Rake: Thanks for the tip.
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At a meeting of the University DEAN W. S. TAYLOR SPEAKS TO
Graduate Club held Saturday in White LEAGUE OF W OMEN VOTERS
hall, George W. Bryson, of Lester,
Dean William S. Taylor of the Col- W. Va., a major in education at the j
University, was elected president of lege of Education, addressed the Fathe club. Miss Frances Roberts, of yette County League of Women VotLexington, majoring in chemistry, ers at the Lafayette hotel last Thurs- -.
was named vice president, and Miss day afternoon at 3 o'clock. His sub-- i
Lydia Fremd, of Eminence, Ky., a ject was "Educational Legislation,"
major in mathematics, was elected especially on the educational bills now
secretary. It was decided at the pending in the legislature. Miss Anna
meeting to hold a Graduate Club ban- B. Peck, of the university, and Miss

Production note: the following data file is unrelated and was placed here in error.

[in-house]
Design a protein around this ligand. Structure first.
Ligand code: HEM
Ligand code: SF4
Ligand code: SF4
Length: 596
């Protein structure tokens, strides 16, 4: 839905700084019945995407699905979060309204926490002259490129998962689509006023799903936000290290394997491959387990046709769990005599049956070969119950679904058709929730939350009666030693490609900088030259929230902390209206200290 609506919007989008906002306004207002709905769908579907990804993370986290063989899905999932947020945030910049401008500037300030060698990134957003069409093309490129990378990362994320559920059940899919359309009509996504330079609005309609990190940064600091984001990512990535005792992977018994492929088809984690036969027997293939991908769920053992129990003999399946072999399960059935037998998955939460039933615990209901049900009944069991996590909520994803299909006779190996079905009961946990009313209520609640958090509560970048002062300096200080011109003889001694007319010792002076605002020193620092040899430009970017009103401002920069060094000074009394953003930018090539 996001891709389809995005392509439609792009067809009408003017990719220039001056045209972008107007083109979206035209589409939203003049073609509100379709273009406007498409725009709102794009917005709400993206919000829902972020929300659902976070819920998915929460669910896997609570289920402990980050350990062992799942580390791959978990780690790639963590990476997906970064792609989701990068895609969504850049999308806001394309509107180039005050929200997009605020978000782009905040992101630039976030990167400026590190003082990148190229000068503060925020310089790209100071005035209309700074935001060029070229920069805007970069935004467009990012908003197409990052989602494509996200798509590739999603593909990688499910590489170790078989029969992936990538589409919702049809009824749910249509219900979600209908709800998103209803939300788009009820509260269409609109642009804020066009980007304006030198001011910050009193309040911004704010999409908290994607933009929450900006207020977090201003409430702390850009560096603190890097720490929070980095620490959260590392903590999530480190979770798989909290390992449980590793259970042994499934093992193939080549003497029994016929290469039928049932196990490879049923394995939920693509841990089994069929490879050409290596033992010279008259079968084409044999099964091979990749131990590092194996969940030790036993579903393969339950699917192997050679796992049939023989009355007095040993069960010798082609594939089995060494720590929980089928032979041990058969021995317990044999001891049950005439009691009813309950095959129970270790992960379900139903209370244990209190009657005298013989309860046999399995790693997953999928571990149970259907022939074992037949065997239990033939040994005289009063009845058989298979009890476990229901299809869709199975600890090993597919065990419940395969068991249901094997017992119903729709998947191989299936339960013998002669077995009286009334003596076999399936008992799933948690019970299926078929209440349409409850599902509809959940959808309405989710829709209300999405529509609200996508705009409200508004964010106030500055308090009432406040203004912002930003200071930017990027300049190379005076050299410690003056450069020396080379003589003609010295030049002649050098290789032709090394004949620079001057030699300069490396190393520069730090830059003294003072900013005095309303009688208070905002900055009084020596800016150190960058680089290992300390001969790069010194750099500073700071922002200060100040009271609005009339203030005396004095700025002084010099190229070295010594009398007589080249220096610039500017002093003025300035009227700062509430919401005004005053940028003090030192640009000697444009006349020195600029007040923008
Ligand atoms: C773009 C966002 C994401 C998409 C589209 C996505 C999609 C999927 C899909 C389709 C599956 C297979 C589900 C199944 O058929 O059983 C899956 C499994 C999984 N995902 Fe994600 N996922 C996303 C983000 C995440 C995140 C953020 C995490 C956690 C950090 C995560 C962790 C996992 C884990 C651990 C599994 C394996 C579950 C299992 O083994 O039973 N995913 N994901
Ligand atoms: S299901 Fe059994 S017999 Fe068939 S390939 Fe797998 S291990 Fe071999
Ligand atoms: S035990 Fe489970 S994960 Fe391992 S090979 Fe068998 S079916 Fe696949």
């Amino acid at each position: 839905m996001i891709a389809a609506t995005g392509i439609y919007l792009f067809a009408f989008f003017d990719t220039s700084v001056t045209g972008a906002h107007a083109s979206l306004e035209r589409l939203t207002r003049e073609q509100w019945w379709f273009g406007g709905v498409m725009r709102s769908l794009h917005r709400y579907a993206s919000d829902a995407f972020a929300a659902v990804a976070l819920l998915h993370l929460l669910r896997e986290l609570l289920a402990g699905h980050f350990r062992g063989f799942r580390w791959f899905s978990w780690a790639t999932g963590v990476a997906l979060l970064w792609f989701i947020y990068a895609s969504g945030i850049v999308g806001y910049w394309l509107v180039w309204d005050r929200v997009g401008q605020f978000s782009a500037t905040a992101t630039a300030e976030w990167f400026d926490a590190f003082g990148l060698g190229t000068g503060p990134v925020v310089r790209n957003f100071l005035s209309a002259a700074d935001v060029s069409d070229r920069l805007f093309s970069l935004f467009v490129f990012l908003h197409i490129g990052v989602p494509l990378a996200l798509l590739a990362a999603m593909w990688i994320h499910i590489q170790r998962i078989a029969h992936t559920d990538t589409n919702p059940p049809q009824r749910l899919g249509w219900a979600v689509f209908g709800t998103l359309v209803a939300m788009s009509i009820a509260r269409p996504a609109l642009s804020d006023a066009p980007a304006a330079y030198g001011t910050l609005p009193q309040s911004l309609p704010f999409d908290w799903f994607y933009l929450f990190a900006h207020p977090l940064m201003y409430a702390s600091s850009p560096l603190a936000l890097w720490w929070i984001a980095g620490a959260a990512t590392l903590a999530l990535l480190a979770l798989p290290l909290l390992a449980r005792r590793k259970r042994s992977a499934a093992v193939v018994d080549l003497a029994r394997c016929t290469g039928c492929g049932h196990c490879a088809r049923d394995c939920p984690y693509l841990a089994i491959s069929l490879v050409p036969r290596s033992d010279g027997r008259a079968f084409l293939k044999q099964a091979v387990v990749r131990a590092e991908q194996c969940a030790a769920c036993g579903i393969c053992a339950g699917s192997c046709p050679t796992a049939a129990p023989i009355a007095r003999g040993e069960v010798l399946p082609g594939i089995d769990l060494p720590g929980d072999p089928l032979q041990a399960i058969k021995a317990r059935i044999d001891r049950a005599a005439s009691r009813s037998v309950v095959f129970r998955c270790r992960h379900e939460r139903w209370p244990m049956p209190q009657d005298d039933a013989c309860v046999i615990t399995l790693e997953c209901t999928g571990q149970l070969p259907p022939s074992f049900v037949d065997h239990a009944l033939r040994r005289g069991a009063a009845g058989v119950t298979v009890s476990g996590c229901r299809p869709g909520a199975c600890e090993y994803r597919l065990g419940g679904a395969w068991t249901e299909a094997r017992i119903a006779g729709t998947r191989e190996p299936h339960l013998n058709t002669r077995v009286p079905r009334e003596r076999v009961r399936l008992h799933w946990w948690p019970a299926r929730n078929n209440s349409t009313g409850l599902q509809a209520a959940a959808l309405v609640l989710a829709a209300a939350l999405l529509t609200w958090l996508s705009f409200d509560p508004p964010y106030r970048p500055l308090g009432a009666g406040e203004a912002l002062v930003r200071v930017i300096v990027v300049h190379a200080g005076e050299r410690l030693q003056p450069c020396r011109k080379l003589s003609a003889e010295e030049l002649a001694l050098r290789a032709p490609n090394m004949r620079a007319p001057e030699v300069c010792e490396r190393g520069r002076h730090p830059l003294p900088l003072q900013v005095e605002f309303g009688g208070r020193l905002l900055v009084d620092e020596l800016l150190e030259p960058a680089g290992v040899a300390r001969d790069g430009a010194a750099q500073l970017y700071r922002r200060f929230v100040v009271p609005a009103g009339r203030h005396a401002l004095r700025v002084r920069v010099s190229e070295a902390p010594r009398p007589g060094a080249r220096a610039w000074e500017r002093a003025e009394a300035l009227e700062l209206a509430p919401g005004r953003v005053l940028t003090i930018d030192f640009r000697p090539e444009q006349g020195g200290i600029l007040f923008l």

quet some time in May. Dr. W. D. Hilda Threlkeld, of Hamilton College,
Funkhauser is a member of the club, were in charge of the meeting.
Several hundred college men
solved their tuition problems
this year through the money-makin- g
by the Scholarship Department of GOOD HOUSE-
was the topic of a paper delivered to
the McGill Philosophical Society last
evening by Professor R. B. McLeod.
In dealing with this subject Professor
McLeod first gave a general talk on
philosophy and psychology.
"Philosophy and Life can never be
divorced," he said. Thinking has an
effect on the thinker, which translates the thought into action. Philosophy is the subject which draws the
sciences together in that it points out
new lines of endeavor for them to
Psychology is the baby science. It
has been in existence for only a little